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Using junction boxes to extend a ring circuit

Discussion in 'Electrics UK' started by bobbyp, 8 Feb 2007.

  1. bobbyp

    bobbyp

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    I need to add 3 sockets into a room that currently only has one spur. TO do this I'd like to extend the ring from the room next door.

    The easiest way to do this appears to be to break the ring and install junction boxes to join in the new section. Looking through this site it mentions that this method doesn;t appear in the new wiring regs. Is there a reason its gone?

    Is the reason that junction boxes must be accessible for inspection? If so does under a short, easily lifted floorboard in a doorway count? There will never be anything on the board so it should be accessible.

    Advice appreciated before I have to try and route the cables all the way back to a previous socket.
     
  2. davelx

    davelx

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    You don't know that a future owner of the property won't cover that board with carpet, tiles, etc.

    Better to run new cable from the existing socket, or if that is not possible, use crimped joints covered with heat shrink, which is classed as permanent.

    Use proper ratchet crimpers - available from electrical wholesalers, RS, etc.
     
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  4. mapj1

    mapj1

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    Or add a dummy socket at the point where the junction box would otherwise have been, or even a back box and flush blanking plate. The same trick often used to make 'pukka' routes that are not the lines of least surprise, by generating a new permitted zone around the new back box. (though the draft of the next eduition suggests an RCd will soon become an alternative to following the permitted zones.)
     
  5. JohnD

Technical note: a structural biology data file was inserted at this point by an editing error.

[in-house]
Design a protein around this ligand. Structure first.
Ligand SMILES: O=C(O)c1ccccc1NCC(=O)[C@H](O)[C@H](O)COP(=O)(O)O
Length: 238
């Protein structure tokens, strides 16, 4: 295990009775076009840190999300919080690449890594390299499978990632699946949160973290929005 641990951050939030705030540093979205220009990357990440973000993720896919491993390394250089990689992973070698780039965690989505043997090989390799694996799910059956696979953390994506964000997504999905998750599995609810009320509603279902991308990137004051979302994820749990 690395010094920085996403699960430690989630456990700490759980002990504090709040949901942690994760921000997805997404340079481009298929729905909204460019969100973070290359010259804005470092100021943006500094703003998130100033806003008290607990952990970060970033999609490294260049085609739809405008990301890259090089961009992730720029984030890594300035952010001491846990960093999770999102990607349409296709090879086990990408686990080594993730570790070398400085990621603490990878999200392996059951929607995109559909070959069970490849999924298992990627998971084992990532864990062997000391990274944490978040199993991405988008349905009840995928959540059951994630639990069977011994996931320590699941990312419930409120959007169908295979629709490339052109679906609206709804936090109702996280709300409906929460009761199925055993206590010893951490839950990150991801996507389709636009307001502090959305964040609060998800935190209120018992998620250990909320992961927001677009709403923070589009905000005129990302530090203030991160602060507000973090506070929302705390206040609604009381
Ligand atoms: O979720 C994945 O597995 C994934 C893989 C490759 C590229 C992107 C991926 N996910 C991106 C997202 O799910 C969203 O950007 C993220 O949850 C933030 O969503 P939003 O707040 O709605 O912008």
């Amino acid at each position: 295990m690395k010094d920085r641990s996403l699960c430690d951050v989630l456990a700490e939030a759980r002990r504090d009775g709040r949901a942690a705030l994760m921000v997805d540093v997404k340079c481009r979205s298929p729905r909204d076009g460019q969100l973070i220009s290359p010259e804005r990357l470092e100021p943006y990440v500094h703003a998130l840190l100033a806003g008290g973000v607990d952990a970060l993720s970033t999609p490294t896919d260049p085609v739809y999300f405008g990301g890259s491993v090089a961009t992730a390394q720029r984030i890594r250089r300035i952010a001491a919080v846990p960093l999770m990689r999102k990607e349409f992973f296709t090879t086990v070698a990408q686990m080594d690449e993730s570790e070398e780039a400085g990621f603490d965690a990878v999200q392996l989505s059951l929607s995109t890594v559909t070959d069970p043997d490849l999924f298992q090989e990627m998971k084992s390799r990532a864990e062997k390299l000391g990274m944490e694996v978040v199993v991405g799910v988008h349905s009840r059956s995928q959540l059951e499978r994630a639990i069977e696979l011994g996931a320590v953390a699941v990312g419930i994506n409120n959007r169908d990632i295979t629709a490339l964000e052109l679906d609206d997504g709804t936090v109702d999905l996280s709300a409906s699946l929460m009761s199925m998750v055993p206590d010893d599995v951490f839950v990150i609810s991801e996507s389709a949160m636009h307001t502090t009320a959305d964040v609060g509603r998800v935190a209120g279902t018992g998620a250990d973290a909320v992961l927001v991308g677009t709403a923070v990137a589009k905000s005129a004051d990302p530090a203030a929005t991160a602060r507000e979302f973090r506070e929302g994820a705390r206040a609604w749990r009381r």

JohnD

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    If you have a socket in the next room that is on the ring (let's hope it's on the adjoining wall) a reasonable way to do it is to take out the existing socket, and fit a dual box with two single sockets.

    One leg of the ring to one socket, the other leg to the other.

    Now picture that you have two sockets, each connected to one leg (forget for the moment how close they happen to be). You can take the ring away from one of the sockets, leading it on an interesting journey, with plenty of outlets, and returning to the other socket. You now have an enlarged ring.

    BTW if you are planning to install plenty of sockets in a room (one every 2metres or closer) there is a lot to be said for chasing horizontally around the room (no need to burrow under the floor except at doorways). This method is very economical in labour and materials. It is also very suitable for kitchens, where the row of outlets can be 150mm above worktop height.
     
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  7. bobbyp

    bobbyp

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    Thanks for the advice.

    I had a quick peer about last night and I reckon its not going to be too bad to go back to two sockets on the ring and do it properly, saves having to chase dodgy crimp connections in a few years time.

    I like the idea about chasing round the walls but I've got a few data cables to run as well so the floorboards are up anyway. Worth bearing in mind for other rooms though.

    Bob.
     
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